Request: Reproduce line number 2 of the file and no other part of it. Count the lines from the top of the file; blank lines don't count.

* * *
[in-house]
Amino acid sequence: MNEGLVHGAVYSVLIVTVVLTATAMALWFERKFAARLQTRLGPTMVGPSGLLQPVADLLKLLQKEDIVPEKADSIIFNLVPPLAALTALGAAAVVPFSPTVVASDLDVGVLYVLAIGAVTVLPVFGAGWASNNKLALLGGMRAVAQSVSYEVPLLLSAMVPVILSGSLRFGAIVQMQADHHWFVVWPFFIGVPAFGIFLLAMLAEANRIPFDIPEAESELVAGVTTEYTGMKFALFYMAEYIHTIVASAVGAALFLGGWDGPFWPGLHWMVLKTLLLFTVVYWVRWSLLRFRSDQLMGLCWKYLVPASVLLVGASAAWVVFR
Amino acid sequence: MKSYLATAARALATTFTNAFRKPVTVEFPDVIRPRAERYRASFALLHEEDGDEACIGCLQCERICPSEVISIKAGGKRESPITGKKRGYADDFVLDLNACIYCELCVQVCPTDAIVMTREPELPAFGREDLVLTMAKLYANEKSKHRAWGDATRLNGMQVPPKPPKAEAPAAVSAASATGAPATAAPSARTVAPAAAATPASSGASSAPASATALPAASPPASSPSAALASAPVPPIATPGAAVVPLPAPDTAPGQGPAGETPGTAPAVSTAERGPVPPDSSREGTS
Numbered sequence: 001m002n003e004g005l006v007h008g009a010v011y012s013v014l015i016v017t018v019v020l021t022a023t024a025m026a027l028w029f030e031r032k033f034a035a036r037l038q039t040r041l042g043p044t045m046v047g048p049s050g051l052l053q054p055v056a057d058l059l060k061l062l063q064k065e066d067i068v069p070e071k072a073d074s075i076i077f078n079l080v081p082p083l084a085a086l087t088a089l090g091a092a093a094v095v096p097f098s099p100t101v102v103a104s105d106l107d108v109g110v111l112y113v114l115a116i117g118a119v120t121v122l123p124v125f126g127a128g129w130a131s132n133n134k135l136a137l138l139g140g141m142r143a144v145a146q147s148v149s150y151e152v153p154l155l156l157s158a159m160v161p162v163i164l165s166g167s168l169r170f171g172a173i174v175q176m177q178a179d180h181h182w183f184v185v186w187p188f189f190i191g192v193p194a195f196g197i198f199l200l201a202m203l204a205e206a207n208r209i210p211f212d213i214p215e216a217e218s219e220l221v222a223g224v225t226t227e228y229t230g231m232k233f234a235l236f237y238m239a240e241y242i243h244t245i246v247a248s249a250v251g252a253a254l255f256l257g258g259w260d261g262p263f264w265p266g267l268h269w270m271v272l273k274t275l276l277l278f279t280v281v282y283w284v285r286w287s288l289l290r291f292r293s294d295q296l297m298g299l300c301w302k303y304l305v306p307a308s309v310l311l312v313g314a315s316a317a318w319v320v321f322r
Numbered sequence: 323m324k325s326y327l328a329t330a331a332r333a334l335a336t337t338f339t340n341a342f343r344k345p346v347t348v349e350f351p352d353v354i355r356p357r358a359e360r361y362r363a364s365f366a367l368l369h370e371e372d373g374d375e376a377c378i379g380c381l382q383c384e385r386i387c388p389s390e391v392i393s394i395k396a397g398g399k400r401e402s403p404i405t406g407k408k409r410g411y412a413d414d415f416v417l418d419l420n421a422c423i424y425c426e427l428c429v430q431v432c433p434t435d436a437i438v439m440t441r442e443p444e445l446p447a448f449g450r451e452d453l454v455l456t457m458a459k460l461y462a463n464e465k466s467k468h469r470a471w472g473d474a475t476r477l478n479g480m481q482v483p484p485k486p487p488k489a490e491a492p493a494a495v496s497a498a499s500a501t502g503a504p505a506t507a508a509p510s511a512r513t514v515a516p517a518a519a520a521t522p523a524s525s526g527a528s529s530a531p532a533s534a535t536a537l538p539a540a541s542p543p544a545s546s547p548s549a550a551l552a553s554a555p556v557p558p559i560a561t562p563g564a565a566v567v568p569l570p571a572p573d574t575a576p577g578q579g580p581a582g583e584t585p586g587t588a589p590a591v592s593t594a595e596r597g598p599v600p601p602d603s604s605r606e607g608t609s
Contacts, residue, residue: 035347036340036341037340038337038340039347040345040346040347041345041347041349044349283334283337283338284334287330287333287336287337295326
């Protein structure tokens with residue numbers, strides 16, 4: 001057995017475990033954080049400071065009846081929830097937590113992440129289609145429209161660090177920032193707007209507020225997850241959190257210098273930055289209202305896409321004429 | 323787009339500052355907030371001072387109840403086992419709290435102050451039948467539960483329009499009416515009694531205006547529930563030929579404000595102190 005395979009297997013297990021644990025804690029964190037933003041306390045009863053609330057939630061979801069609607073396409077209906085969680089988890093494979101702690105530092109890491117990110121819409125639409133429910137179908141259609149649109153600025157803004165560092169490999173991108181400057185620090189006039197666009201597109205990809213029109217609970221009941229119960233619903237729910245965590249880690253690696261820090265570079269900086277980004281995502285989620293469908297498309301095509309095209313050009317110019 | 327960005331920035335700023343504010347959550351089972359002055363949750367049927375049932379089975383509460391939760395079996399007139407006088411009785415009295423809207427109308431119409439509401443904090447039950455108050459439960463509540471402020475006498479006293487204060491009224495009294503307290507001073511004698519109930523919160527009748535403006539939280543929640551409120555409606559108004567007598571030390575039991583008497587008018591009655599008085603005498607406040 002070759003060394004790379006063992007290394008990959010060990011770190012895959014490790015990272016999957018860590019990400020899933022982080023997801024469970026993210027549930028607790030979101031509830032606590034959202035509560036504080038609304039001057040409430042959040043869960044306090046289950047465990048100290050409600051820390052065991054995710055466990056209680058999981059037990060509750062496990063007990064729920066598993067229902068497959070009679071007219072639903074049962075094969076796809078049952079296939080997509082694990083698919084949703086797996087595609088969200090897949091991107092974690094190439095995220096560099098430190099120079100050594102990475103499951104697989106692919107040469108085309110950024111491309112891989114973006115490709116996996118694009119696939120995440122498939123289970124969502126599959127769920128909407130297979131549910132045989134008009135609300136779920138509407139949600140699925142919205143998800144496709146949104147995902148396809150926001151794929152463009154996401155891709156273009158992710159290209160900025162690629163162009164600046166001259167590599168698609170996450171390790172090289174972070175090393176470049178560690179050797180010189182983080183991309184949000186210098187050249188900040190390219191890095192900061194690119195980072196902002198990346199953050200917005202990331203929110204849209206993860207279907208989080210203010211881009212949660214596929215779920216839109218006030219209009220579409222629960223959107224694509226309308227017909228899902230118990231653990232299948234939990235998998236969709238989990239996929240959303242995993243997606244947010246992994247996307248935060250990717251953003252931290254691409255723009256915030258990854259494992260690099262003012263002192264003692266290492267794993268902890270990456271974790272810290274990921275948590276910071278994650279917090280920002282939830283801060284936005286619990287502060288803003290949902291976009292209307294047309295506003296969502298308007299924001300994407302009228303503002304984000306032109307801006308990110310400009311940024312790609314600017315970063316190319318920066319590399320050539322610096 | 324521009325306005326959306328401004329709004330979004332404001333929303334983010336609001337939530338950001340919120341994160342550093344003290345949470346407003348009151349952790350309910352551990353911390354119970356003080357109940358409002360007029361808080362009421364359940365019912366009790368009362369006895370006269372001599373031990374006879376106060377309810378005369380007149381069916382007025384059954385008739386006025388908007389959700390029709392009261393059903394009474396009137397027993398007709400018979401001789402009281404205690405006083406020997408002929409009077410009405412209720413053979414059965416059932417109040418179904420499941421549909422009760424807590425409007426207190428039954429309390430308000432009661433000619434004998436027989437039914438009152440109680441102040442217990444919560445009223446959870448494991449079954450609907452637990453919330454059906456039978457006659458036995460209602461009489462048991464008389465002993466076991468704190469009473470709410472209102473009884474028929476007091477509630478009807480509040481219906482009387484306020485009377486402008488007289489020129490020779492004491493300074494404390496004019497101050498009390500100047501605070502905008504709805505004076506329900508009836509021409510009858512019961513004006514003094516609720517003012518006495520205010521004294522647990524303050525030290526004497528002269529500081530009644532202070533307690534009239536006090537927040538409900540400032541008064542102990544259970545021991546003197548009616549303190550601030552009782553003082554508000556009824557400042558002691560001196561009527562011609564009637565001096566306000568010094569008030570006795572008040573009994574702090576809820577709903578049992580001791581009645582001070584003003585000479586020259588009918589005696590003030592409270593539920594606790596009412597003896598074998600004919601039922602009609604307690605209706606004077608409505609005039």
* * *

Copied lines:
Amino acid sequence: MNEGLVHGAVYSVLIVTVVLTATAMALWFERKFAARLQTRLGPTMVGPSGLLQPVADLLKLLQKEDIVPEKADSIIFNLVPPLAALTALGAAAVVPFSPTVVASDLDVGVLYVLAIGAVTVLPVFGAGWASNNKLALLGGMRAVAQSVSYEVPLLLSAMVPVILSGSLRFGAIVQMQADHHWFVVWPFFIGVPAFGIFLLAMLAEANRIPFDIPEAESELVAGVTTEYTGMKFALFYMAEYIHTIVASAVGAALFLGGWDGPFWPGLHWMVLKTLLLFTVVYWVRWSLLRFRSDQLMGLCWKYLVPASVLLVGASAAWVVFR